But how defective are we talking, exactly? Do the airbags not fully deploy? Do they have a seam that inadvertently looks like a nipple while inflated? How bad could it be? At worst, they could only fail to save a life, right?
Nope! Turns out they "may or may not shoot metal debris into the car cabin upon inflating." Takata uses a gas called ammonium nitrate to inflate their airbags quickly during accidents. The problem is that ammonium nitrate is volatile and breaks down over time. To quote the experts, it "may lose density especially in the presence of moisture or humidity. It is believed that in some circumstances, the density loss may lead to less predictable performance criteria." To put that in layman's terms, ammonium nitrate might explode directly in your face.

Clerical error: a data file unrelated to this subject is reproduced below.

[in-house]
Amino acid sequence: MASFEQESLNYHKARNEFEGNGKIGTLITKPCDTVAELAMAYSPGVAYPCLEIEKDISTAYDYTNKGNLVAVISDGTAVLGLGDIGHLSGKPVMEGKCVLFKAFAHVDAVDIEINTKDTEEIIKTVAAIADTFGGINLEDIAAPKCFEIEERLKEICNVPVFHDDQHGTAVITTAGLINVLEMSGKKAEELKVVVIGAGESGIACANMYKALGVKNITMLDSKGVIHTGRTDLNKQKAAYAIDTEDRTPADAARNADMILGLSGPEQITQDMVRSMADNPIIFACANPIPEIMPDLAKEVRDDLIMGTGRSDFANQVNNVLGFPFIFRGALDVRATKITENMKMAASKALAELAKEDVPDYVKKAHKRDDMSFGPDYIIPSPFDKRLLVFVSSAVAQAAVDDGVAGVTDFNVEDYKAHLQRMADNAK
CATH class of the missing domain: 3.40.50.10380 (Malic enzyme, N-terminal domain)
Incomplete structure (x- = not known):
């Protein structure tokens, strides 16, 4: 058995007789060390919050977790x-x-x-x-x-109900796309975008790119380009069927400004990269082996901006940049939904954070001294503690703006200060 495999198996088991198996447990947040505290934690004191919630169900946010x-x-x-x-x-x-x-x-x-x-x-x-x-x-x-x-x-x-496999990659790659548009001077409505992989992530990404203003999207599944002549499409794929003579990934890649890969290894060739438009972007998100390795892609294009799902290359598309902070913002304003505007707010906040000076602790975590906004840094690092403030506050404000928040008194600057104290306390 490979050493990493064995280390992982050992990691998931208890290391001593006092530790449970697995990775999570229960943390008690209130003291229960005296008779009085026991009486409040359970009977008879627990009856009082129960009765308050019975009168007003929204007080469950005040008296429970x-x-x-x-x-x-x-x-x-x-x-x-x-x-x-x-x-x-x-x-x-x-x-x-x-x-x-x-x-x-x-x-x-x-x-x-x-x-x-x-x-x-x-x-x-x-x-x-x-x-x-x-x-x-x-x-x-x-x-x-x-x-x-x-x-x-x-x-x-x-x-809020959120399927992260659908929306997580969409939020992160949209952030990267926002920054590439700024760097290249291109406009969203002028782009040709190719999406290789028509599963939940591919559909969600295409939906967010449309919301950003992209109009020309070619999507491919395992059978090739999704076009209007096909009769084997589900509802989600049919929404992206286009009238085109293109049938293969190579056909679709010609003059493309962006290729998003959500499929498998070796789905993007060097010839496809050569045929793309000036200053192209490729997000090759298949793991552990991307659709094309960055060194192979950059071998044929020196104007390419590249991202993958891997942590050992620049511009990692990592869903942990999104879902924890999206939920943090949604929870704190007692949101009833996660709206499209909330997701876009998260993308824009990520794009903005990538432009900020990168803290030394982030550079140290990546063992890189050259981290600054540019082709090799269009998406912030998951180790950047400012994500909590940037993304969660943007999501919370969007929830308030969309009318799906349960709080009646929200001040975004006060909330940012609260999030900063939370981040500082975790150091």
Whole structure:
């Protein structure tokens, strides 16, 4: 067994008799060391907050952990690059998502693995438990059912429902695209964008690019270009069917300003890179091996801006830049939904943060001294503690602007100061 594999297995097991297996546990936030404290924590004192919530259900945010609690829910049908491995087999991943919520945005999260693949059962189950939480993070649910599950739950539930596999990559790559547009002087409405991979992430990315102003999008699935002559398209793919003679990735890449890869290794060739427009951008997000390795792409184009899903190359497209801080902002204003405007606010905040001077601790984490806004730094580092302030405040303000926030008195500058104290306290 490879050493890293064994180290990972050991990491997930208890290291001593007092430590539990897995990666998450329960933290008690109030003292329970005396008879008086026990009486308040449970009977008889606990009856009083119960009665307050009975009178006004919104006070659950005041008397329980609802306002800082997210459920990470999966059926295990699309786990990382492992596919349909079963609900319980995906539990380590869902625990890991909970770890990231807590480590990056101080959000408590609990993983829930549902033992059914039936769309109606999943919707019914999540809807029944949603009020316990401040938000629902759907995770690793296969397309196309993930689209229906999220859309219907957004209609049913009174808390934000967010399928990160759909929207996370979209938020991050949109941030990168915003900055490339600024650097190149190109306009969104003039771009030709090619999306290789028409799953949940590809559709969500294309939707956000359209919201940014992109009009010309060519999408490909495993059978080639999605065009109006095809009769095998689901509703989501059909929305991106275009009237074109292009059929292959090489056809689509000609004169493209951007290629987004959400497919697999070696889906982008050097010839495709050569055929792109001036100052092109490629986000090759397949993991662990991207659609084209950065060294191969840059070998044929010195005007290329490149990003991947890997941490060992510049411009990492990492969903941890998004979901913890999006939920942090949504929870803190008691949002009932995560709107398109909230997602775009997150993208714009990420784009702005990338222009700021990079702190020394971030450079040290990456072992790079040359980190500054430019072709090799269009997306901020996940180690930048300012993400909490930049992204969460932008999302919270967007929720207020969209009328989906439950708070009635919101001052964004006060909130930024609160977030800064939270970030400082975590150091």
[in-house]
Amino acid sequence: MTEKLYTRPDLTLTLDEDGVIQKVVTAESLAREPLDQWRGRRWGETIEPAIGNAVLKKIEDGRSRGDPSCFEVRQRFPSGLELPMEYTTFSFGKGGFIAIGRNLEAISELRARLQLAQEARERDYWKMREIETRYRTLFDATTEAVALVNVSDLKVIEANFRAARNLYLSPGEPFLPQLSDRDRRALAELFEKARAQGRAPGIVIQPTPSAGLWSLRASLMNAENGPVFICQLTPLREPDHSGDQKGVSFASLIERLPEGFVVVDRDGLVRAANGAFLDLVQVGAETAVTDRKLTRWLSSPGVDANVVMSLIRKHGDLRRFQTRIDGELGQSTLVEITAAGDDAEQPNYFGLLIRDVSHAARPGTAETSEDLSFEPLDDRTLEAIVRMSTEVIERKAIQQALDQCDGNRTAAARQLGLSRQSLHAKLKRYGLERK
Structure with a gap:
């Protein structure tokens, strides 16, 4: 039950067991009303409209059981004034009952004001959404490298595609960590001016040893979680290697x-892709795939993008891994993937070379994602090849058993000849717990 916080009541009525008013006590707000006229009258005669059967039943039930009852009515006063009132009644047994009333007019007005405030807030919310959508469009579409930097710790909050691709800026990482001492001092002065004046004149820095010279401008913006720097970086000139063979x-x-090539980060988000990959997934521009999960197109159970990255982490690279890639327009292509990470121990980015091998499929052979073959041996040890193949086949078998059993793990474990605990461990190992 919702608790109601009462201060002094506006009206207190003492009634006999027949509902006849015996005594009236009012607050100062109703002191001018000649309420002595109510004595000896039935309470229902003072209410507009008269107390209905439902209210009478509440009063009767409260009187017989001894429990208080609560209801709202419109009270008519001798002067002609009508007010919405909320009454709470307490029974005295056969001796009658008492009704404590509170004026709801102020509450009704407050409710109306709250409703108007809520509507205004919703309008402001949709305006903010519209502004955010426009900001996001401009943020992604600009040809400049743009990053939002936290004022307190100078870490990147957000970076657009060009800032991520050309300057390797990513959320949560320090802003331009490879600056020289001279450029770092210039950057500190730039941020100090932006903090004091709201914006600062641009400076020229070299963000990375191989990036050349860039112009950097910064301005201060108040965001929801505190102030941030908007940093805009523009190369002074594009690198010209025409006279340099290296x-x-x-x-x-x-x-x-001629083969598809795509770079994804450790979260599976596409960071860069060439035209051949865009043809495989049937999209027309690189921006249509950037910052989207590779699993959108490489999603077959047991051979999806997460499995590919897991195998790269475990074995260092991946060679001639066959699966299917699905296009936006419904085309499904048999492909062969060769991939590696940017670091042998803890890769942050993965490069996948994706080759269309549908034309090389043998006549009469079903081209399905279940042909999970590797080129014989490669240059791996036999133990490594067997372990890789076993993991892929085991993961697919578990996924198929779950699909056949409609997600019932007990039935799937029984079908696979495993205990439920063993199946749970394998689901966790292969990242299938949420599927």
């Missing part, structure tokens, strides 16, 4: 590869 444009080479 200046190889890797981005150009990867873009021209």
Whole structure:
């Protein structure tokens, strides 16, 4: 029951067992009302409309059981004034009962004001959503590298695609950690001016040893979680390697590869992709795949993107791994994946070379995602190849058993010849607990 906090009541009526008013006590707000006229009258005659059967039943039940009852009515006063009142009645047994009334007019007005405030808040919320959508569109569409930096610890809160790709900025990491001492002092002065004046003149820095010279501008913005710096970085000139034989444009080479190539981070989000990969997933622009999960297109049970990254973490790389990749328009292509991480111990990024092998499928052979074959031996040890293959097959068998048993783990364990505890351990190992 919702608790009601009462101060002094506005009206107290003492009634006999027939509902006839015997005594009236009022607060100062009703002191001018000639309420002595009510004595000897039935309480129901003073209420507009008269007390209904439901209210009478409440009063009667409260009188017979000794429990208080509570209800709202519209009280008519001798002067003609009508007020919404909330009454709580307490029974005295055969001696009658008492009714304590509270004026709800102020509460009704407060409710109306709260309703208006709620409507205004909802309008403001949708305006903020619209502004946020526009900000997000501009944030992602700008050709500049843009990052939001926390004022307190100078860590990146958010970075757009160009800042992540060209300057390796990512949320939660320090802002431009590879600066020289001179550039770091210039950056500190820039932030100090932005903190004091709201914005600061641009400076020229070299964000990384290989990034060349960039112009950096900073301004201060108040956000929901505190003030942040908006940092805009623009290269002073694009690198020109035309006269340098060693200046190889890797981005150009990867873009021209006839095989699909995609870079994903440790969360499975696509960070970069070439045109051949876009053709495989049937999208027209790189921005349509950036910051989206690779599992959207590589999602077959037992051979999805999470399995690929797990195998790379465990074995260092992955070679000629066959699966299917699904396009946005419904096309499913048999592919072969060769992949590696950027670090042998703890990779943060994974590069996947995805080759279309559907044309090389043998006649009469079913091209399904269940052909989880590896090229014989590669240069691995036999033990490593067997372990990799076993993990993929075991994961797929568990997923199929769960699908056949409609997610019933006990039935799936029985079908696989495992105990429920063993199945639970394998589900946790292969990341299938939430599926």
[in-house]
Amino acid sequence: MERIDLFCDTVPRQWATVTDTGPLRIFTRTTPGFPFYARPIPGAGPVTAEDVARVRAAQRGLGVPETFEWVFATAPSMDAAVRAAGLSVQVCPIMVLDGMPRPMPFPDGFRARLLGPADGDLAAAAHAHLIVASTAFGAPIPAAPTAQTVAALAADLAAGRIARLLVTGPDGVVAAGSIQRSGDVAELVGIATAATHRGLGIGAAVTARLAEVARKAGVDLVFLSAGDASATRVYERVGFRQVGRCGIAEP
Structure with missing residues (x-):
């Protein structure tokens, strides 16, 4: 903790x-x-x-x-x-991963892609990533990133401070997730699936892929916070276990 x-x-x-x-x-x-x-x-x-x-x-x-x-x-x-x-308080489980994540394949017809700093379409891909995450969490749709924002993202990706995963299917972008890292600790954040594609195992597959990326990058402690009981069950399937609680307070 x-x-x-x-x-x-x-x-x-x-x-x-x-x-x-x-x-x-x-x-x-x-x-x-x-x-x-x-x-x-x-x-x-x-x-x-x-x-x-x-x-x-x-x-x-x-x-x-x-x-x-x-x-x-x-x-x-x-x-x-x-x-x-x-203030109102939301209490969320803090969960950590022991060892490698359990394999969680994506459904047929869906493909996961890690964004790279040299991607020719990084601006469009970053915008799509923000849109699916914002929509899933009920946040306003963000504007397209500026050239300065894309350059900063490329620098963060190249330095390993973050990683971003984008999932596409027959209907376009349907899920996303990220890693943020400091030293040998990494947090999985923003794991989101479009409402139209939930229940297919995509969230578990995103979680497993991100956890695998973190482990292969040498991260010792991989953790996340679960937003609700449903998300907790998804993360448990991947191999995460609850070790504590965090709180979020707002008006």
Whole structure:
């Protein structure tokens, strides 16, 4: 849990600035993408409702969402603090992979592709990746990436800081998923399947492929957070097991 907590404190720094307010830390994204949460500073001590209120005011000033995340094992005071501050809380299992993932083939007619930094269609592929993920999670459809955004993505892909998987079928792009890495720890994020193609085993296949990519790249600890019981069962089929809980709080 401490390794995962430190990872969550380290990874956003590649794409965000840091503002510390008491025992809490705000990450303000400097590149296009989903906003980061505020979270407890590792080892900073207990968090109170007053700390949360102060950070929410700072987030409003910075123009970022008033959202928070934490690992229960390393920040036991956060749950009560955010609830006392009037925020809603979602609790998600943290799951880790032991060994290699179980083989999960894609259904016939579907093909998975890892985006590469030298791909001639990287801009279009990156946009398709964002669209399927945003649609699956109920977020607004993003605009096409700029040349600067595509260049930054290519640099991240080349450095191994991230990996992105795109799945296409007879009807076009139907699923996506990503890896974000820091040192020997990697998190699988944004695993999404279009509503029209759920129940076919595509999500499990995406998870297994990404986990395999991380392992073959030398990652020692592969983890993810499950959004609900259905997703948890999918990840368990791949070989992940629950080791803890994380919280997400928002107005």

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The only way this could be any less effective is if the bag itself was just a giant whoopee cushion.
This is not merely a potential hazard, either; there have been at least 10 deaths in the U.S. and three overseas, and at least 100 injuries have been linked to these airbags. The company's known about it for a while, too. A former Takata engineer alerted them about this issue multiple times, but was ignored.
Ammonium nitrate is now being phased out, like your crazy militant uncle Bob from your family's Thanksgiving dinner. However, your dealer is still legally allowed to sell you new cars with ammonium nitrate airbags, as long as they promise to do a recall before it becomes dangerous.
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"They double-pinkie-swore. What more do you want?"